“When you become a parent, you want to be a part of those things,” he said.
He would talk to the 7-year-old occasionally by phone “and I couldn’t talk to her long because she had so many questions like, ‘Granddaddy, why do I never see you? Or where you at?’ They told her I was away in school.”
He is still paying a price. While he was in prison, relatives of Elbert Davis, the man killed in the collision, sued Burley and won a $1 million judgment against him. His exoneration did not wipe out that debt, he said. Members of the Davis family now are suing the city’s police department and mayor.
He doesn’t have a job yet and worries that his conviction and the publicity surrounding it will scare off employers when they look him up on the internet.
“Why me? You know what I mean? For what reason?” he said. “Why would they [the police] want to destroy my life for no apparent reason at all? I never, they don’t know me, I don’t know them.”
He wonders if he made a mistake by pleading guilty.
“Well, somehow I wish that maybe I would’ve just stuck with my first intuition and went on and not pleaded guilty. Took it to trial. But I was afraid,” he said. “They put that time in front of you and you know the judicial system. And you’ve been through it before and how easy it is for you to get time, or get found guilty…So you want as less as time as possible. You know what I mean? And that’s what it was.”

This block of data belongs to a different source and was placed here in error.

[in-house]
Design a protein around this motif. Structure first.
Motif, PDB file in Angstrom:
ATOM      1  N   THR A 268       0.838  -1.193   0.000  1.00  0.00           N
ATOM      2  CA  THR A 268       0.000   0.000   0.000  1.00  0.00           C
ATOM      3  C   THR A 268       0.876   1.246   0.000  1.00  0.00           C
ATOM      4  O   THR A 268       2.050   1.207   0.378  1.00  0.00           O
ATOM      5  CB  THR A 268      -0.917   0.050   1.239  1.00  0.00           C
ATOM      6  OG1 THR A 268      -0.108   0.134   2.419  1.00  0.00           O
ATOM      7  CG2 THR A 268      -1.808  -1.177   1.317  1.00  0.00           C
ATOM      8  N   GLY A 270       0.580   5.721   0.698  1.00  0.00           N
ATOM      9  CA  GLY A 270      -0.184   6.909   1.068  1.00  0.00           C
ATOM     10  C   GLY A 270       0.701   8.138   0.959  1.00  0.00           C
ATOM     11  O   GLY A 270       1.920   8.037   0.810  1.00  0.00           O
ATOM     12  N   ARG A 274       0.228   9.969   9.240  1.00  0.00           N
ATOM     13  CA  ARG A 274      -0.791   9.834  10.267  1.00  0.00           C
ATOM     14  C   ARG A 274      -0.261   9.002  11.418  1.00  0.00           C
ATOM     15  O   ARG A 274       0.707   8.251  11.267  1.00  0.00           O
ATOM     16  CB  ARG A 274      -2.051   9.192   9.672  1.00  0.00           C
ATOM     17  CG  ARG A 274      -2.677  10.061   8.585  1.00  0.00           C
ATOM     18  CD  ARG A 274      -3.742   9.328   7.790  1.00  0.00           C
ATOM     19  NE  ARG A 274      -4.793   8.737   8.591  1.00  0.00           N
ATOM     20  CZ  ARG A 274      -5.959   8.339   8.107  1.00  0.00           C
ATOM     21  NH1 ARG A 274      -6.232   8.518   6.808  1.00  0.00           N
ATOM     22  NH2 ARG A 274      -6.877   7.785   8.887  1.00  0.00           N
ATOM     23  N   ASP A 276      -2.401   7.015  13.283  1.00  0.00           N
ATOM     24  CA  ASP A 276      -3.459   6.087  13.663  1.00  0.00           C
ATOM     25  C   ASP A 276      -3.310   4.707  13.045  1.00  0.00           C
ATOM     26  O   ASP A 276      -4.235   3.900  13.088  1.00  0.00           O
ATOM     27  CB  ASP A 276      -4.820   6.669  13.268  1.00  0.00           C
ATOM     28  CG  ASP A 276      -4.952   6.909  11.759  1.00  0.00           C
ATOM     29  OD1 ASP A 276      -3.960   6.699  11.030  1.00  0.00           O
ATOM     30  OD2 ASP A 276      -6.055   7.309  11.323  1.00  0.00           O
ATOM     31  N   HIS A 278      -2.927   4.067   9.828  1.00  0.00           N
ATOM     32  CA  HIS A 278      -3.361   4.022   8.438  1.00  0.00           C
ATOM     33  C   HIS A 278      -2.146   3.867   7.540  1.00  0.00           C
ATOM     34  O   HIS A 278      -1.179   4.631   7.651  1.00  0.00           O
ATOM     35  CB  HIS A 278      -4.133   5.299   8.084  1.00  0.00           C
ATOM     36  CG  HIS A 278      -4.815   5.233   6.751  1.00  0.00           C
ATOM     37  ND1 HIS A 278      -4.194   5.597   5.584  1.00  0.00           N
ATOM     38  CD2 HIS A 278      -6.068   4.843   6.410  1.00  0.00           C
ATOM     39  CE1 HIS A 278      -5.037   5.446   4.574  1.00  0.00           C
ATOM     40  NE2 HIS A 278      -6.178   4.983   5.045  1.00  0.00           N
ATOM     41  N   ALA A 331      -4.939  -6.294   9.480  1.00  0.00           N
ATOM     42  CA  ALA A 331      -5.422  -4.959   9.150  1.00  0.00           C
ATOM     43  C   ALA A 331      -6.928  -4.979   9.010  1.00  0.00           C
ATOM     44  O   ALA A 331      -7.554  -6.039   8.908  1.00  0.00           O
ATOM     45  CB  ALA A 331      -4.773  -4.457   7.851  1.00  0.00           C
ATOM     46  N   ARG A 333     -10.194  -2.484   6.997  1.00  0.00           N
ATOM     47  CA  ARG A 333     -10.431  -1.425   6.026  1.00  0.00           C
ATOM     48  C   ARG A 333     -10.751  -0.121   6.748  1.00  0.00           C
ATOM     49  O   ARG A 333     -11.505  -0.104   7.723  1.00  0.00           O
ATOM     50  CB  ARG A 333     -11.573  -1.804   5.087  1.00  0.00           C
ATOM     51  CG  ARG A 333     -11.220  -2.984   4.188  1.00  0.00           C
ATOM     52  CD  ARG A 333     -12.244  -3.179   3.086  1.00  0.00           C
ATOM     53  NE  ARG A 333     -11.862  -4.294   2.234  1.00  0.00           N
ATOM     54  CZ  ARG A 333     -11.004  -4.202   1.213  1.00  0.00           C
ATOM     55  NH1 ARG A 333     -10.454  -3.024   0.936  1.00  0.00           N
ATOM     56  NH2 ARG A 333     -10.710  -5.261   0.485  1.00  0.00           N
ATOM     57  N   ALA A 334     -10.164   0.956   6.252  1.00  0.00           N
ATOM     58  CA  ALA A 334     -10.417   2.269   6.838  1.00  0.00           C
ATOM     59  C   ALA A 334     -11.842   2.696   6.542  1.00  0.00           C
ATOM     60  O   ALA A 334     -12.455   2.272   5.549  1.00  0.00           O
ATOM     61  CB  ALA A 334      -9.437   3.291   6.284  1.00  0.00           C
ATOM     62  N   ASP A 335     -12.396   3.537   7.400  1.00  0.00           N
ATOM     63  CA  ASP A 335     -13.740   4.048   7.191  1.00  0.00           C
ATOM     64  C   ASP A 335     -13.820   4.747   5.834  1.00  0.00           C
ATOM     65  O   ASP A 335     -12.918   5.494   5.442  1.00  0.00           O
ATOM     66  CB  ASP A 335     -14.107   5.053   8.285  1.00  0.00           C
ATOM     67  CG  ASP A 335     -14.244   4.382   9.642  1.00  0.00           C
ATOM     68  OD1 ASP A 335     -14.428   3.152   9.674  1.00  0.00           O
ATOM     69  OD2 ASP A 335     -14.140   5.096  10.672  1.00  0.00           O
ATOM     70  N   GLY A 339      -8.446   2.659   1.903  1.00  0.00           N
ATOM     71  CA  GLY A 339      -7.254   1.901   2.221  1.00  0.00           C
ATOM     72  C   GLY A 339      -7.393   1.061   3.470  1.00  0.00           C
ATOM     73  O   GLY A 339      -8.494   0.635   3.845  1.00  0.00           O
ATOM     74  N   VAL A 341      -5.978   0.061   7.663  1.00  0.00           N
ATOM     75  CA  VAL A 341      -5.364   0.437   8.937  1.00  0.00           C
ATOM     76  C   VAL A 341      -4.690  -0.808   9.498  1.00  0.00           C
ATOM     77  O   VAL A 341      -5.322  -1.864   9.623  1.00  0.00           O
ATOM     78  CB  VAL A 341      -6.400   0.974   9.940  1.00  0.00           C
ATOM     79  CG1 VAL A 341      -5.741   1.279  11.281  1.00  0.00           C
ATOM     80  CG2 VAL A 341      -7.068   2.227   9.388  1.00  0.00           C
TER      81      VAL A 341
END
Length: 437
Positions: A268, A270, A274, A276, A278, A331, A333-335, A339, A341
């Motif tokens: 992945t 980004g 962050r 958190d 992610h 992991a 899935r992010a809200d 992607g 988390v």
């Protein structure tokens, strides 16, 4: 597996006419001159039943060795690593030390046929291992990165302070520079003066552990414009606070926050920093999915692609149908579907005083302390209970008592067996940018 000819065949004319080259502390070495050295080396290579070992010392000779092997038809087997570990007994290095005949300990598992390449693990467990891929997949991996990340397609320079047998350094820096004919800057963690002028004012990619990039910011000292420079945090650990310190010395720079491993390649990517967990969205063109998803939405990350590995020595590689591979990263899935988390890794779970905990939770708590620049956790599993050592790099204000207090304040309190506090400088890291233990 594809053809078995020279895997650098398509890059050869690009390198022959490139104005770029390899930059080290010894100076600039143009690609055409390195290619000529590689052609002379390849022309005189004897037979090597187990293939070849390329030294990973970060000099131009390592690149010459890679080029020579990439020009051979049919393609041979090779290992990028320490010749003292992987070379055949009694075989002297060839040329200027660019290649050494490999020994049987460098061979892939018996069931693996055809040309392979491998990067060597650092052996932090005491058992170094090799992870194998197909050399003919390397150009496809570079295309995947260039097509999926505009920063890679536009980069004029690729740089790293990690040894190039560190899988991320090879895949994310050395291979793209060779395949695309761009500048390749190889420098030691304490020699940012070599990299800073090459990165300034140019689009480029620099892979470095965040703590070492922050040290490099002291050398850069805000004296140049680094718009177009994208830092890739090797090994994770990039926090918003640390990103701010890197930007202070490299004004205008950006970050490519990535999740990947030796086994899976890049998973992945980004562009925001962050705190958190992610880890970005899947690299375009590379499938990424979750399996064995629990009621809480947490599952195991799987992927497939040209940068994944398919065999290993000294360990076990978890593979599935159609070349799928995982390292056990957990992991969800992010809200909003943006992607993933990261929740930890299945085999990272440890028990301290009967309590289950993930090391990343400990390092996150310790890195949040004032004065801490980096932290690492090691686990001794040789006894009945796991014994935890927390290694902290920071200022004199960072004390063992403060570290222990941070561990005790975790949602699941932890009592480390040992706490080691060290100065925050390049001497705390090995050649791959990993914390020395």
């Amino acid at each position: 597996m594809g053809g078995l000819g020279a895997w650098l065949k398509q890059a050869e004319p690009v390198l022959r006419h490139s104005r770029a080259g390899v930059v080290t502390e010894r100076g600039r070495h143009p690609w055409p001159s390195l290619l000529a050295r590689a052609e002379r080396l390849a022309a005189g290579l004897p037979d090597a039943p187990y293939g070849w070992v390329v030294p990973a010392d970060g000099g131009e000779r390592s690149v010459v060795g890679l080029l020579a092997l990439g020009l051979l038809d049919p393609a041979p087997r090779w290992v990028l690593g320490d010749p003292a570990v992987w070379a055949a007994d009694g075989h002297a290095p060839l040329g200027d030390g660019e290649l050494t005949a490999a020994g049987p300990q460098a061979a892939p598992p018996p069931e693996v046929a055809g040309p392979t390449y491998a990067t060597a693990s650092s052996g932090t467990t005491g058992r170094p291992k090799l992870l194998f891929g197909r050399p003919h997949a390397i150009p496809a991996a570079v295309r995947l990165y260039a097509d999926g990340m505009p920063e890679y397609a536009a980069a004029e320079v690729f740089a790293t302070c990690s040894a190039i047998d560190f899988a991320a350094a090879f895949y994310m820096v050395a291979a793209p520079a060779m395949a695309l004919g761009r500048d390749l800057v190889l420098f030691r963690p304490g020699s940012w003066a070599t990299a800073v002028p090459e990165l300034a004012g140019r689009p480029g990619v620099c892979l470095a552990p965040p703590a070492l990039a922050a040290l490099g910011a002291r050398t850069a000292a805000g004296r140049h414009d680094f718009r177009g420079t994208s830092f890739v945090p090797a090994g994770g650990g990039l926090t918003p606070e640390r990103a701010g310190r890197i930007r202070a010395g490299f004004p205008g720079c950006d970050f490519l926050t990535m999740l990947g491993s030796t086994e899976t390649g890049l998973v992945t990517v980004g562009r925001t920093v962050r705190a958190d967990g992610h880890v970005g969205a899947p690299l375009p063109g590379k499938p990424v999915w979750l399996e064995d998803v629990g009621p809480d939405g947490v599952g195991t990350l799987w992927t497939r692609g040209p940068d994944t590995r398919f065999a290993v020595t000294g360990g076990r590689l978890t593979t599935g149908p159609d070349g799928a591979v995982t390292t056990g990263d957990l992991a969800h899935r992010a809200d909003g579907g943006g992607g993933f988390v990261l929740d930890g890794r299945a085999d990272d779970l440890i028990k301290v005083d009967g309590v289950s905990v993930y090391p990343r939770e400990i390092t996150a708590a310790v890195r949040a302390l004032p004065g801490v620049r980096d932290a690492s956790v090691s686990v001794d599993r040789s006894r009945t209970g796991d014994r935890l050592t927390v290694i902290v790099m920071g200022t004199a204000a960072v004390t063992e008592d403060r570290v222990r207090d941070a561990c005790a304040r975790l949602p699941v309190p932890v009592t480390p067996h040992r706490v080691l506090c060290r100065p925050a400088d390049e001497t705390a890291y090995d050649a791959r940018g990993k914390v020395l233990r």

A judge apologizes
Burley and Matthews were exonerated in a hearing last December before U.S. District Judge Richard D. Bennett, who had accepted their pleas in 2011. After voiding their convictions, he stepped down from his bench to shake the men’s hands and offer them a personal apology — the third time in a 14-year-long career for him to do so, he said.
“Somebody in a position of authority. . . has to apologize on the behalf of the government,” Bennett told the men. “I’m very sorry.”
Four months later, a Baltimore City Circuit Court judge cleared Burley’s manslaughter conviction.
Burley said he felt mixed emotions.
“I was happy and stuff but I still was thinking about, you know, I felt like I was lucky,” he said. “I still was thinking about all the other people that has put in my situation that’s been forced to plead out the cases, that wasn’t actually guilty.”
Capital News Service reporters Bryan Gallion, Laura Spitalniak, Carolina Velloso and Maria Herd and editor Deborah Nelson also contributed to these articles.